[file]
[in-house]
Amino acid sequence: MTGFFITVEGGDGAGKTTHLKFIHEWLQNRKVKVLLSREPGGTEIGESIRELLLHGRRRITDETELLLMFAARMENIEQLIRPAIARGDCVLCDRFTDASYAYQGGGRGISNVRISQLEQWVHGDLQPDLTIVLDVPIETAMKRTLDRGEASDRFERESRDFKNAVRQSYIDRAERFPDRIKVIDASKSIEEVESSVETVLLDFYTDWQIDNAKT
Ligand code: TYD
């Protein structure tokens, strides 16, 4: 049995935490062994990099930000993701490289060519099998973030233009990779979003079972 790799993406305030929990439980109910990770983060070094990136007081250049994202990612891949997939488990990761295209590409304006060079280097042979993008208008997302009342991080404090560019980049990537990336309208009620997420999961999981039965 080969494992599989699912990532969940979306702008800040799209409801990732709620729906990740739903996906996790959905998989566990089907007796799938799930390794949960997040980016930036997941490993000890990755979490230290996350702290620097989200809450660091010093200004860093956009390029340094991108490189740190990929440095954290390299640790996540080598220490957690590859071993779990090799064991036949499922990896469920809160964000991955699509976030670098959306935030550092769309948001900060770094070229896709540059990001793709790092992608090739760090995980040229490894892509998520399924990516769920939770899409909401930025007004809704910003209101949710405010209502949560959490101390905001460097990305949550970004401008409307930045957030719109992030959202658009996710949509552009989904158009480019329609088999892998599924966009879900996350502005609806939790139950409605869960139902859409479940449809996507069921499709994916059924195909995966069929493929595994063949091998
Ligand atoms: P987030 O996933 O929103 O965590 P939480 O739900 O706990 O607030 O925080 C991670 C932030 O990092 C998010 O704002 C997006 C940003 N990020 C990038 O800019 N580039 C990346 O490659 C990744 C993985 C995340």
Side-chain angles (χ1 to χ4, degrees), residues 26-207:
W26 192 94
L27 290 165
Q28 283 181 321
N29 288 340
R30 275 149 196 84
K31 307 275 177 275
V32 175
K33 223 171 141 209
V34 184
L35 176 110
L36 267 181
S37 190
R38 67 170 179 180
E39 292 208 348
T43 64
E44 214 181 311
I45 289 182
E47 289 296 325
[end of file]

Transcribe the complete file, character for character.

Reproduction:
[in-house]
Amino acid sequence: MTGFFITVEGGDGAGKTTHLKFIHEWLQNRKVKVLLSREPGGTEIGESIRELLLHGRRRITDETELLLMFAARMENIEQLIRPAIARGDCVLCDRFTDASYAYQGGGRGISNVRISQLEQWVHGDLQPDLTIVLDVPIETAMKRTLDRGEASDRFERESRDFKNAVRQSYIDRAERFPDRIKVIDASKSIEEVESSVETVLLDFYTDWQIDNAKT
Ligand code: TYD
């Protein structure tokens, strides 16, 4: 049995935490062994990099930000993701490289060519099998973030233009990779979003079972 790799993406305030929990439980109910990770983060070094990136007081250049994202990612891949997939488990990761295209590409304006060079280097042979993008208008997302009342991080404090560019980049990537990336309208009620997420999961999981039965 080969494992599989699912990532969940979306702008800040799209409801990732709620729906990740739903996906996790959905998989566990089907007796799938799930390794949960997040980016930036997941490993000890990755979490230290996350702290620097989200809450660091010093200004860093956009390029340094991108490189740190990929440095954290390299640790996540080598220490957690590859071993779990090799064991036949499922990896469920809160964000991955699509976030670098959306935030550092769309948001900060770094070229896709540059990001793709790092992608090739760090995980040229490894892509998520399924990516769920939770899409909401930025007004809704910003209101949710405010209502949560959490101390905001460097990305949550970004401008409307930045957030719109992030959202658009996710949509552009989904158009480019329609088999892998599924966009879900996350502005609806939790139950409605869960139902859409479940449809996507069921499709994916059924195909995966069929493929595994063949091998
Ligand atoms: P987030 O996933 O929103 O965590 P939480 O739900 O706990 O607030 O925080 C991670 C932030 O990092 C998010 O704002 C997006 C940003 N990020 C990038 O800019 N580039 C990346 O490659 C990744 C993985 C995340």
Side-chain angles (χ1 to χ4, degrees), residues 26-207:
W26 192 94
L27 290 165
Q28 283 181 321
N29 288 340
R30 275 149 196 84
K31 307 275 177 275
V32 175
K33 223 171 141 209
V34 184
L35 176 110
L36 267 181
S37 190
R38 67 170 179 180
E39 292 208 348
T43 64
E44 214 181 311
I45 289 182
E47 289 296 325